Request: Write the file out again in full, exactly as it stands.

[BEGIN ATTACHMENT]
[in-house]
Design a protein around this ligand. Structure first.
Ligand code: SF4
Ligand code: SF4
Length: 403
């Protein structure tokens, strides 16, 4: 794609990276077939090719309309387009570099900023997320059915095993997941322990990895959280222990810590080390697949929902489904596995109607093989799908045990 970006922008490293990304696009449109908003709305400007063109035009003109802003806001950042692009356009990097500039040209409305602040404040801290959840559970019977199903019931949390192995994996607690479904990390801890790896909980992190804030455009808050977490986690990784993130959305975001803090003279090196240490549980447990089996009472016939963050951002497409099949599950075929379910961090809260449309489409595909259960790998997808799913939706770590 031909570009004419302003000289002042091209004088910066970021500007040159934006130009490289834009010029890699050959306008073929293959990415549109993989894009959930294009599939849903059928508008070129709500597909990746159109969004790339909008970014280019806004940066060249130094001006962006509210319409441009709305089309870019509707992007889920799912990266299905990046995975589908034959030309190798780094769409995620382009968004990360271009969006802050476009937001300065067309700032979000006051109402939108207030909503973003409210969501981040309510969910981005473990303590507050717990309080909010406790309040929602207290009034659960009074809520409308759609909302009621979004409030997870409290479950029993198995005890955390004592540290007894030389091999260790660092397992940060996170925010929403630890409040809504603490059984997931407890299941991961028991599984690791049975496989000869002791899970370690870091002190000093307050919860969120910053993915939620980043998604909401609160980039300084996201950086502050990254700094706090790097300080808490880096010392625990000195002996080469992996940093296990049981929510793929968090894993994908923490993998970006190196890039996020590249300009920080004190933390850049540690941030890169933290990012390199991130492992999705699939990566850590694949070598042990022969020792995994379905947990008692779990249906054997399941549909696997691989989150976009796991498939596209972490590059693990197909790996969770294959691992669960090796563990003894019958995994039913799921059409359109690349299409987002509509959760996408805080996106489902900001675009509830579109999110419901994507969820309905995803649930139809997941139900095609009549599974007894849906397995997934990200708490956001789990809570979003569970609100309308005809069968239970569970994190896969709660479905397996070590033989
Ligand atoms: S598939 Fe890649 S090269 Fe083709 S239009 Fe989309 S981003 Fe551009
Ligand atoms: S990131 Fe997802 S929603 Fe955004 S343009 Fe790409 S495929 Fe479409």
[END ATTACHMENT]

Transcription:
[in-house]
Design a protein around this ligand. Structure first.
Ligand code: SF4
Ligand code: SF4
Length: 403
């Protein structure tokens, strides 16, 4: 794609990276077939090719309309387009570099900023997320059915095993997941322990990895959280222990810590080390697949929902489904596995109607093989799908045990 970006922008490293990304696009449109908003709305400007063109035009003109802003806001950042692009356009990097500039040209409305602040404040801290959840559970019977199903019931949390192995994996607690479904990390801890790896909980992190804030455009808050977490986690990784993130959305975001803090003279090196240490549980447990089996009472016939963050951002497409099949599950075929379910961090809260449309489409595909259960790998997808799913939706770590 031909570009004419302003000289002042091209004088910066970021500007040159934006130009490289834009010029890699050959306008073929293959990415549109993989894009959930294009599939849903059928508008070129709500597909990746159109969004790339909008970014280019806004940066060249130094001006962006509210319409441009709305089309870019509707992007889920799912990266299905990046995975589908034959030309190798780094769409995620382009968004990360271009969006802050476009937001300065067309700032979000006051109402939108207030909503973003409210969501981040309510969910981005473990303590507050717990309080909010406790309040929602207290009034659960009074809520409308759609909302009621979004409030997870409290479950029993198995005890955390004592540290007894030389091999260790660092397992940060996170925010929403630890409040809504603490059984997931407890299941991961028991599984690791049975496989000869002791899970370690870091002190000093307050919860969120910053993915939620980043998604909401609160980039300084996201950086502050990254700094706090790097300080808490880096010392625990000195002996080469992996940093296990049981929510793929968090894993994908923490993998970006190196890039996020590249300009920080004190933390850049540690941030890169933290990012390199991130492992999705699939990566850590694949070598042990022969020792995994379905947990008692779990249906054997399941549909696997691989989150976009796991498939596209972490590059693990197909790996969770294959691992669960090796563990003894019958995994039913799921059409359109690349299409987002509509959760996408805080996106489902900001675009509830579109999110419901994507969820309905995803649930139809997941139900095609009549599974007894849906397995997934990200708490956001789990809570979003569970609100309308005809069968239970569970994190896969709660479905397996070590033989
Ligand atoms: S598939 Fe890649 S090269 Fe083709 S239009 Fe989309 S981003 Fe551009
Ligand atoms: S990131 Fe997802 S929603 Fe955004 S343009 Fe790409 S495929 Fe479409």